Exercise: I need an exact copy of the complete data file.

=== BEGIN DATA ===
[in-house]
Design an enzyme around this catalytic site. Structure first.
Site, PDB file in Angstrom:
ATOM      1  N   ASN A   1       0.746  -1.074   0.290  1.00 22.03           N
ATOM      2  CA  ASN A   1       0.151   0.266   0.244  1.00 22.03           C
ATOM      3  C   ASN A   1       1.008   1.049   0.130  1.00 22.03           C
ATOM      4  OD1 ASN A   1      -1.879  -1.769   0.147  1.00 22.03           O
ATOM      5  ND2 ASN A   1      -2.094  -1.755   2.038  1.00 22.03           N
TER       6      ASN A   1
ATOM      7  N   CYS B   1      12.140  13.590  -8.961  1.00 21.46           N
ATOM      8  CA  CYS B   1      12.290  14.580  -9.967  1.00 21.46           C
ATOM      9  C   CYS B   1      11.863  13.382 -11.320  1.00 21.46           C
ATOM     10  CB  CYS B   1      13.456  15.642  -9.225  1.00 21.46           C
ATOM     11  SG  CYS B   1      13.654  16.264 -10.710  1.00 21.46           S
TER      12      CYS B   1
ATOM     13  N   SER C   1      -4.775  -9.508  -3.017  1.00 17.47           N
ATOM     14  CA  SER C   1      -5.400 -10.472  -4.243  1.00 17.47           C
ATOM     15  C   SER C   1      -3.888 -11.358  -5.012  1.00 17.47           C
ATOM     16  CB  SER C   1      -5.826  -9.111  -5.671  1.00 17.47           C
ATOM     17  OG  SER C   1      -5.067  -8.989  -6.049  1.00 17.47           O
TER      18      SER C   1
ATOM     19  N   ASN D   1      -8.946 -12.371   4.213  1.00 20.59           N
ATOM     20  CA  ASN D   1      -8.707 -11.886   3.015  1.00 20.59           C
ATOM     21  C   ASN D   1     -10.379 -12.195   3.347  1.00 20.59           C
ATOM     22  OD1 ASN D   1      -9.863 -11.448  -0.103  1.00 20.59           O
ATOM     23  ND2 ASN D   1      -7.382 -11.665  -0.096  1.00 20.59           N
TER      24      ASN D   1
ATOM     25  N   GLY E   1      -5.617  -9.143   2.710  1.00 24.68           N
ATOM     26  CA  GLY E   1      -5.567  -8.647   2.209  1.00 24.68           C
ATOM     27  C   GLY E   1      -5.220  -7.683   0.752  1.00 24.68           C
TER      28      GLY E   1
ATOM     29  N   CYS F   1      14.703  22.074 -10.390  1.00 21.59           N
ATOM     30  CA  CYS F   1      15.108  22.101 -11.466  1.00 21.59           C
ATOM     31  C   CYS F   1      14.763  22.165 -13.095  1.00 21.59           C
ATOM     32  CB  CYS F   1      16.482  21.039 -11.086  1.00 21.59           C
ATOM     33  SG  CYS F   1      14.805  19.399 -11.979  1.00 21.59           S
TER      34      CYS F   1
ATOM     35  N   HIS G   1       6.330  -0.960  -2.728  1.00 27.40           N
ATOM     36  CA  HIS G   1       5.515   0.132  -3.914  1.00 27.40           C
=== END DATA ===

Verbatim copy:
[in-house]
Design an enzyme around this catalytic site. Structure first.
Site, PDB file in Angstrom:
ATOM      1  N   ASN A   1       0.746  -1.074   0.290  1.00 22.03           N
ATOM      2  CA  ASN A   1       0.151   0.266   0.244  1.00 22.03           C
ATOM      3  C   ASN A   1       1.008   1.049   0.130  1.00 22.03           C
ATOM      4  OD1 ASN A   1      -1.879  -1.769   0.147  1.00 22.03           O
ATOM      5  ND2 ASN A   1      -2.094  -1.755   2.038  1.00 22.03           N
TER       6      ASN A   1
ATOM      7  N   CYS B   1      12.140  13.590  -8.961  1.00 21.46           N
ATOM      8  CA  CYS B   1      12.290  14.580  -9.967  1.00 21.46           C
ATOM      9  C   CYS B   1      11.863  13.382 -11.320  1.00 21.46           C
ATOM     10  CB  CYS B   1      13.456  15.642  -9.225  1.00 21.46           C
ATOM     11  SG  CYS B   1      13.654  16.264 -10.710  1.00 21.46           S
TER      12      CYS B   1
ATOM     13  N   SER C   1      -4.775  -9.508  -3.017  1.00 17.47           N
ATOM     14  CA  SER C   1      -5.400 -10.472  -4.243  1.00 17.47           C
ATOM     15  C   SER C   1      -3.888 -11.358  -5.012  1.00 17.47           C
ATOM     16  CB  SER C   1      -5.826  -9.111  -5.671  1.00 17.47           C
ATOM     17  OG  SER C   1      -5.067  -8.989  -6.049  1.00 17.47           O
TER      18      SER C   1
ATOM     19  N   ASN D   1      -8.946 -12.371   4.213  1.00 20.59           N
ATOM     20  CA  ASN D   1      -8.707 -11.886   3.015  1.00 20.59           C
ATOM     21  C   ASN D   1     -10.379 -12.195   3.347  1.00 20.59           C
ATOM     22  OD1 ASN D   1      -9.863 -11.448  -0.103  1.00 20.59           O
ATOM     23  ND2 ASN D   1      -7.382 -11.665  -0.096  1.00 20.59           N
TER      24      ASN D   1
ATOM     25  N   GLY E   1      -5.617  -9.143   2.710  1.00 24.68           N
ATOM     26  CA  GLY E   1      -5.567  -8.647   2.209  1.00 24.68           C
ATOM     27  C   GLY E   1      -5.220  -7.683   0.752  1.00 24.68           C
TER      28      GLY E   1
ATOM     29  N   CYS F   1      14.703  22.074 -10.390  1.00 21.59           N
ATOM     30  CA  CYS F   1      15.108  22.101 -11.466  1.00 21.59           C
ATOM     31  C   CYS F   1      14.763  22.165 -13.095  1.00 21.59           C
ATOM     32  CB  CYS F   1      16.482  21.039 -11.086  1.00 21.59           C
ATOM     33  SG  CYS F   1      14.805  19.399 -11.979  1.00 21.59           S
TER      34      CYS F   1
ATOM     35  N   HIS G   1       6.330  -0.960  -2.728  1.00 27.40           N
ATOM     36  CA  HIS G   1       5.515   0.132  -3.914  1.00 27.40           C